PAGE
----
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From Where I Sit
Your Vote Counts … Now More than Ever!

Nancy Green, NAGC Executive Director    Share    Share on FacebookTwitterShare on LinkedinE-mail article
If you are an individual member of NAGC who accesses all of our many benefits, it's time for you to take advantage of yet another one … and that is your opportunity to vote for the leaders who will represent your interests on the NAGC Board of Directors and within Networks over the next few years.

Your "civic" duty on behalf of NAGC has become more important than ever — the challenging fiscal climate requires tough choices about resources, and the dynamic changes in education and on Capitol Hill in a presidential election season will require tenacity and patience from leaders everywhere! The NAGC Board is comprised of 13 members, and every voice counts.

Just this week, individual NAGC members should have received an email that provides you with a link to the ballot. It invites you to choose two at-large representatives to the Board, a person to represent the state perspective, another to represent the parent perspective, and two officers — Treasurer and Governance Secretary. You also have a chance to vote for Network Leaders within those networks to which you belong.

Once you vote, you have an opportunity to get more involved with the NAGC service community. Be sure to review your options for committee service and how you can best contribute your expertise. Or, consider applying to participate in NAGC's Expert Speakers Program. We hope you'll choose to join us to accomplish the work that ultimately supports the needs of gifted and talented learners! Thanks in advance for your vote.


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Capital Update
Fiscal Year 2013: No Funds for Javits Program in Senate
Support for Gifted Education Research

Jane Clarenbach, NAGC Director of Public Education    Share    Share on FacebookTwitterShare on LinkedinE-mail article
The Senate Committee on Appropriations approved a fiscal year 2013 education spending bill on June 14 that does not restore funding to the Javits Gifted & Talented Students Education Act, but does charge the Institute for Education Sciences (IES), the Department of Education's research arm, to support research and development to support gifted students' learning needs and improve their academic achievement. The research language was recommended by Labor-HHS-Education Appropriations Subcommittee Chairman Tom Harkin, D-Iowa, in response to the urging from Senate gifted education supporters and advocates in Iowa. The language is in the written report that accompanies the Labor-HHS-Education appropriations bill. Although the new language, if it makes it through to the end of the appropriations process, does not create a dedicated funding stream for gifted education research, it could result in additional grants being awarded across IES's research priorities that support gifted and talented students. IES would use funds from its overall budget to meet the Congressional directive.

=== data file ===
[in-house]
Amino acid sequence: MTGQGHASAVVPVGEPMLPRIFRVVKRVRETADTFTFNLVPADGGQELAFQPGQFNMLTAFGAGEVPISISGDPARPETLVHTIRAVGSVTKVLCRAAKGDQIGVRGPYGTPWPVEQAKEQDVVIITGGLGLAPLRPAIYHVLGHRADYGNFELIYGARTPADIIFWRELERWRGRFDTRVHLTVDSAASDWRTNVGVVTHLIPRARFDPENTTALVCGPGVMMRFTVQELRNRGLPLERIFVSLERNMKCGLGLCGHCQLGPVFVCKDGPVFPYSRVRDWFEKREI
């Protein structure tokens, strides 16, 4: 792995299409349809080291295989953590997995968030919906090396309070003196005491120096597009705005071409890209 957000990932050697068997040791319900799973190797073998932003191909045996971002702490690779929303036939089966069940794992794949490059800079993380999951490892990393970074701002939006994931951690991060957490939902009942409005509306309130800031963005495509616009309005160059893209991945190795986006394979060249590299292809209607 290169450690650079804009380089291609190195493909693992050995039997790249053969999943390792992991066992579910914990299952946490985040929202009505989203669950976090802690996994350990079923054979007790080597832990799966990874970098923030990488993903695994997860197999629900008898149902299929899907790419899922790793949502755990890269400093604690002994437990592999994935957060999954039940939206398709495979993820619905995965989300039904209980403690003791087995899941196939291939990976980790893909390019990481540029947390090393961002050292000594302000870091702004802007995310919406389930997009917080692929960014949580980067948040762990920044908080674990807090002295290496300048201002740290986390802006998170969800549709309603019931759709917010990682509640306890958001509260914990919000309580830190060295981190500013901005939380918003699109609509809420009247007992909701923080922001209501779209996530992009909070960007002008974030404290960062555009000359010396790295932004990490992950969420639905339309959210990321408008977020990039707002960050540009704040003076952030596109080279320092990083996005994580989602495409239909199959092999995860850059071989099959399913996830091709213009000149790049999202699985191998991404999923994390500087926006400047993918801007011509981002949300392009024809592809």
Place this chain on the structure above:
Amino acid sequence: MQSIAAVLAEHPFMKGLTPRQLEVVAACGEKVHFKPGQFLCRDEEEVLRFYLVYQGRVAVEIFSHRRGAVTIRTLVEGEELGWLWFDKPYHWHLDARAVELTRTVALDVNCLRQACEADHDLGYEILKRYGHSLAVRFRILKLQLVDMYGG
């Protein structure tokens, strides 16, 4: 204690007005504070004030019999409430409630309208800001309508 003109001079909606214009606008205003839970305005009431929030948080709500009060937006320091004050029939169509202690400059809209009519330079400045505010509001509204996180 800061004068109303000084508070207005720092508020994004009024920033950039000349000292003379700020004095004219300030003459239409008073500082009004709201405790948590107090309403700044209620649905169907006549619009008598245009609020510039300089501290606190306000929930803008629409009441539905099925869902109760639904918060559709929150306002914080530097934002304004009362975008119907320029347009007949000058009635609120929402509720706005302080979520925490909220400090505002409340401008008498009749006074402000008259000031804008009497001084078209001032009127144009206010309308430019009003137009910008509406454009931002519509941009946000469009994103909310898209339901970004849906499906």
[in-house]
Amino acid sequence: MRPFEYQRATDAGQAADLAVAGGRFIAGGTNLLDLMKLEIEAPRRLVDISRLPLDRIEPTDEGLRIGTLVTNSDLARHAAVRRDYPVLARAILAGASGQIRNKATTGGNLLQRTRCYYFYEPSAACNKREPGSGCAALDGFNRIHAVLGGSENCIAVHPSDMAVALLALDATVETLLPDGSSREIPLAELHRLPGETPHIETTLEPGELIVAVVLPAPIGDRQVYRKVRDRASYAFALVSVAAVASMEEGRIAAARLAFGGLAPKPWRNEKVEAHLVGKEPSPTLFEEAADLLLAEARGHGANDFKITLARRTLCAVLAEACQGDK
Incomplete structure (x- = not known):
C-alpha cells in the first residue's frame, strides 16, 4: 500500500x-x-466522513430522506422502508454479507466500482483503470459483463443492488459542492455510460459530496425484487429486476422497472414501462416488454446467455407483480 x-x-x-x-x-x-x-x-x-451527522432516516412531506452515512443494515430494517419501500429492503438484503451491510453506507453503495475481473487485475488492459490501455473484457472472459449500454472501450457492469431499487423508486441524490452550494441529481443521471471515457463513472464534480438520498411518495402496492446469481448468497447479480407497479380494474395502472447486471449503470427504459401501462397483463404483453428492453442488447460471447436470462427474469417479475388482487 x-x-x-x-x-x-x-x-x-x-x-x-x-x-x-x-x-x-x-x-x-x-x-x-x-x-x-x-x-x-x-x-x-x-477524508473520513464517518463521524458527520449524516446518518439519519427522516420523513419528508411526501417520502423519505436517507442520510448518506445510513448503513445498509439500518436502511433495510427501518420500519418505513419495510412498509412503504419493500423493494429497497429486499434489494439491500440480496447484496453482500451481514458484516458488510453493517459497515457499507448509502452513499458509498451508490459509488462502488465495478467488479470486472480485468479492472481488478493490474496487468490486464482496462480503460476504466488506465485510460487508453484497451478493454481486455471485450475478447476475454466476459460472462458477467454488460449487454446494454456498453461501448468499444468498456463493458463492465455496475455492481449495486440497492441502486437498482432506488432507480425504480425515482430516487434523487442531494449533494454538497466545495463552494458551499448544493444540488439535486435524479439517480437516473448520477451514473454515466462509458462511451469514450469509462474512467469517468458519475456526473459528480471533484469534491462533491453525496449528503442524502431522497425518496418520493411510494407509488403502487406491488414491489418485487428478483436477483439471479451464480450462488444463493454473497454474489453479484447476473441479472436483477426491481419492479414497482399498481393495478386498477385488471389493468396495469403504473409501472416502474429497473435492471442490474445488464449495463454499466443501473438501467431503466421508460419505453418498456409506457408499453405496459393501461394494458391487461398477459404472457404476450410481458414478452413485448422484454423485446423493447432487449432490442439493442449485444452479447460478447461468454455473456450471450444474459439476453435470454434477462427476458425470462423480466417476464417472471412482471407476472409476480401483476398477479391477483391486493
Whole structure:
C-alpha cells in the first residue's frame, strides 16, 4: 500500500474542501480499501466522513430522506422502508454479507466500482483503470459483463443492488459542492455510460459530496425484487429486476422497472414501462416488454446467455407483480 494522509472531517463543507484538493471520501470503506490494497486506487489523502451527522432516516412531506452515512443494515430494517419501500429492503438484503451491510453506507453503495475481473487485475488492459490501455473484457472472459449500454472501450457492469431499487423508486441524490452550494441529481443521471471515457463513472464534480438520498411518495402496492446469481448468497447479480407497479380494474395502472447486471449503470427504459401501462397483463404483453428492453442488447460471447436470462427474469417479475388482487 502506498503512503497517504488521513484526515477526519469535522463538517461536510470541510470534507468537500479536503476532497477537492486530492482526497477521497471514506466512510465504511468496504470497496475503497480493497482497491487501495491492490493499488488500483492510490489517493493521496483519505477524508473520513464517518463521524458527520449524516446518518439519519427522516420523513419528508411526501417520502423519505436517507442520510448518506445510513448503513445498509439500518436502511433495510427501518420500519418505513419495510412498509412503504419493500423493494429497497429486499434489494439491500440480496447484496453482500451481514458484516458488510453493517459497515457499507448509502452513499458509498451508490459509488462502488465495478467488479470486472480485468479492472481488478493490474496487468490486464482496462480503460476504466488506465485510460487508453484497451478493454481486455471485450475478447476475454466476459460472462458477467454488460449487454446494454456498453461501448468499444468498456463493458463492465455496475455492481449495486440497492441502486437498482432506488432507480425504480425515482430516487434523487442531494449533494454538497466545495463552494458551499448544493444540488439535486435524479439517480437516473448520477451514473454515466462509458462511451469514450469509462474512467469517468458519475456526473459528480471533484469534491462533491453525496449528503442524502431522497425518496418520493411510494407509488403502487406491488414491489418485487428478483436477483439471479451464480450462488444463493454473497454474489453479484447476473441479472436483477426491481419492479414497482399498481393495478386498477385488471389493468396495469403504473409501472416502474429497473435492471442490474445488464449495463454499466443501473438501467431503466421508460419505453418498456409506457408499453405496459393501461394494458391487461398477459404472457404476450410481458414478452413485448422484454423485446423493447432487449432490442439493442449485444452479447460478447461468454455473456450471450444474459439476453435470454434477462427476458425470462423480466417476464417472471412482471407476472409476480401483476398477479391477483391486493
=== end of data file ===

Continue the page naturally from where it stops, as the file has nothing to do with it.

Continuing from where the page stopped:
The next steps in the appropriations process is that the Senate committee-passed bill will move on to the full Senate for approval. Over in the House, the House Appropriations Committee has not yet considered a Labor-HHS-Education bill and, reportedly, is expected to recommend slashing discretionary education spending this year, as it proposed to do last year. Negotiations for final spending levels, and report language, between the House and Senate on this bill, and the rest of the agency spending bills, may take up nearly the rest of this year. The 2013 Fiscal Year begins on Oct. 1.

Click here to read a highlights of the education spending decisions.



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NAGC News to Note